To learn more about LevelUP, visit http://www.therockc4yd.org/levelup/.
I’m thankful to be serving with an organization with such a solid group of people who have enabled and assisted me to pursue the goals in my VAD. I look forward to finishing my VISTA year in a few short months and know that I helped make a positive impact on youth in the Midland area.
Greetings fellow VISTAs! My name is Ben Martinson and I am serving with The ROCK Center for Youth Development in Midland, MI. The best way to sum up my experience so far, is that I’m taking in everything, and absorbing it like a sponge. I’ve worked in the corporate environment before, but this is my first experience in the non-profit world. And boy, do things happen fast!
The ROCK’s mission is to build hope and resilience in youth. The team I’ve been working with are motivated, passionate, and determined to make sure this mission is accomplished. The organization is in its 15th year, and provides in-school classes to develop character & life skills, an afterschool program (serving 60-100 kids daily), and also youth-based summer & community events.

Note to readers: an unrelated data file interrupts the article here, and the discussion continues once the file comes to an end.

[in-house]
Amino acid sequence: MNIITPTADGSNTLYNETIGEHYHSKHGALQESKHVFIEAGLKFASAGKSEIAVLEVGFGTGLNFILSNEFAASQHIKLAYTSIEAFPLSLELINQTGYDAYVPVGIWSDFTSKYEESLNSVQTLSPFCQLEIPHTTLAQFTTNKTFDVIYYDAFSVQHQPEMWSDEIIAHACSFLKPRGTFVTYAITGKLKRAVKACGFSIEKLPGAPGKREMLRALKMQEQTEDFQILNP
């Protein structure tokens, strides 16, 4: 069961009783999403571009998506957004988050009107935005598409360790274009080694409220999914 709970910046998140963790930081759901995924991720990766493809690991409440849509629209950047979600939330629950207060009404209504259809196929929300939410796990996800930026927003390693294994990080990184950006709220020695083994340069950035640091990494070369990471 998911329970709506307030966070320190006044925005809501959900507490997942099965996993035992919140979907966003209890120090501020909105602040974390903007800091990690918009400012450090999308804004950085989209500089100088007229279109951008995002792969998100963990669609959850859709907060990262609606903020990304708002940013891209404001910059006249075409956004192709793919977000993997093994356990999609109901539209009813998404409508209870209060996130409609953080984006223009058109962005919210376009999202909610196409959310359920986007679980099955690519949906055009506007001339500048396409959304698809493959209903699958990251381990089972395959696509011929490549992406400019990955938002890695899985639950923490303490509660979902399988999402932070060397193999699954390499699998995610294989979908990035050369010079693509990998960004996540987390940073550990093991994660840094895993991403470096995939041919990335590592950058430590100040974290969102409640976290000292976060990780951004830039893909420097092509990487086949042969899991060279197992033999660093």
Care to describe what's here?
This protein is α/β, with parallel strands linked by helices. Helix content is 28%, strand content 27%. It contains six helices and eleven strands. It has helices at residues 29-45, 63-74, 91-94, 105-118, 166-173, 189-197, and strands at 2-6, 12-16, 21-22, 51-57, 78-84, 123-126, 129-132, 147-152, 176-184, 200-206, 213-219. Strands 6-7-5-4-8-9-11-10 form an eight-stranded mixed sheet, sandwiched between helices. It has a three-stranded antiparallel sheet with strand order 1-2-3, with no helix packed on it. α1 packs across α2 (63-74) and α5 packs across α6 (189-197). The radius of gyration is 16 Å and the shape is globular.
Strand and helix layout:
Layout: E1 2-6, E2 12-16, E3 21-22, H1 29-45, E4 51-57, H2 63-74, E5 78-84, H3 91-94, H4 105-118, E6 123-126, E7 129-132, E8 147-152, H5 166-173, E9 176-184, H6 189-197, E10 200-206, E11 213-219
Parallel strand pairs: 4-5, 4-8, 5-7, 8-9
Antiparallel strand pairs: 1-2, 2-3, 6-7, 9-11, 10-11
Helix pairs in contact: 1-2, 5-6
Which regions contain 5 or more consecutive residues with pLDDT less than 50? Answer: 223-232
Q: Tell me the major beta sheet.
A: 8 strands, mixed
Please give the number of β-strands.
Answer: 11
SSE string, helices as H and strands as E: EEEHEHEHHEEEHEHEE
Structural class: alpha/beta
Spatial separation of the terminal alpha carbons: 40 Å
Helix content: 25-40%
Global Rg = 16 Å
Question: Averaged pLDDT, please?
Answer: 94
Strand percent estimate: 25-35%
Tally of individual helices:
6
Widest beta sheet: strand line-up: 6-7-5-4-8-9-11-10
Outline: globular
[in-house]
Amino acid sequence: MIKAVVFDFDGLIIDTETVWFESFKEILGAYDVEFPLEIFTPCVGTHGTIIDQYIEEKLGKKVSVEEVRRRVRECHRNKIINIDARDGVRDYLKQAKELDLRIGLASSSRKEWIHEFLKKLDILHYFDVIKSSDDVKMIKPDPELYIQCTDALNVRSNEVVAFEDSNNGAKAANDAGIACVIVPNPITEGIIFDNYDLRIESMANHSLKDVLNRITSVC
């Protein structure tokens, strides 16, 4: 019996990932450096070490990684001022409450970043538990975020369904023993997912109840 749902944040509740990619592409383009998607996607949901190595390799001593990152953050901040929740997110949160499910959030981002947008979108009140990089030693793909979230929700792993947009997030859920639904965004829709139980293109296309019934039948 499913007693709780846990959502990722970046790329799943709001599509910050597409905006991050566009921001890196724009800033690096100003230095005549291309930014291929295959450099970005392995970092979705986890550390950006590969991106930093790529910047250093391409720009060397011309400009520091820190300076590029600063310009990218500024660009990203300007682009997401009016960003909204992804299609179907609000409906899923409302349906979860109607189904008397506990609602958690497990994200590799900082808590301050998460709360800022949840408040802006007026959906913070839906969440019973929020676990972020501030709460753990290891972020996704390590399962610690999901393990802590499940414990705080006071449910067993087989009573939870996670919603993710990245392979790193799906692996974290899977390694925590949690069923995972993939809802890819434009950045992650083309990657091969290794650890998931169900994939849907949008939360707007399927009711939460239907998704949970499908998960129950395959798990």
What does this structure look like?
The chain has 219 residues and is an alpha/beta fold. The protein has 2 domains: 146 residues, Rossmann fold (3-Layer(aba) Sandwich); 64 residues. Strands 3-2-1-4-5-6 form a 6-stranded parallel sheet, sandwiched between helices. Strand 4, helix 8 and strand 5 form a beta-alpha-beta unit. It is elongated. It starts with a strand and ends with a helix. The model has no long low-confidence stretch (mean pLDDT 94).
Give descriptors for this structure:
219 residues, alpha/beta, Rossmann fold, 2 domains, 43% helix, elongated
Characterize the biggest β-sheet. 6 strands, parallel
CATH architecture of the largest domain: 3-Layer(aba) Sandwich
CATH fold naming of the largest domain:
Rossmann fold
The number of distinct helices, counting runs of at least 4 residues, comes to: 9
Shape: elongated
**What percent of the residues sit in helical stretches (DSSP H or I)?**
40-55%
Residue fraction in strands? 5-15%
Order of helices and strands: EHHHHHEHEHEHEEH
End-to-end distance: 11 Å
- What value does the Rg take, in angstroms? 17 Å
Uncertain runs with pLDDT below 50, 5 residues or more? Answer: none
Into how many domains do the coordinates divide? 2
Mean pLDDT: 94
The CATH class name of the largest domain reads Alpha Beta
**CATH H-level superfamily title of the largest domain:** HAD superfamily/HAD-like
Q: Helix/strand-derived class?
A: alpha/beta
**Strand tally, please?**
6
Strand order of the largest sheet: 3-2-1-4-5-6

My first month at The ROCK was spent sitting in on presentations, trainings, reading manuals, and the most fun part, participating at the middle school afterschool program. It’s so rewarding to form a relationship with some of the kids, and know that you’re helping provide a positive and safe environment for them.
There will be two aspects of the afterschool program I will be growing, both related to academics. The first, being the tutoring program (also known as the “homework room”). The homework room is already pretty well established, in which kids can request on-demand help from a tutor, and can also earn “ROCK bucks”, which can be redeemed once a month for snacks, games, and toys. The areas I helped identify that require room to grow include adding more tutors to the staff, measuring success of the tutoring program, working more cohesively (with parents, teachers, and tutors), and also adding coordinated opportunities like group study & scheduled one-on-one tutoring.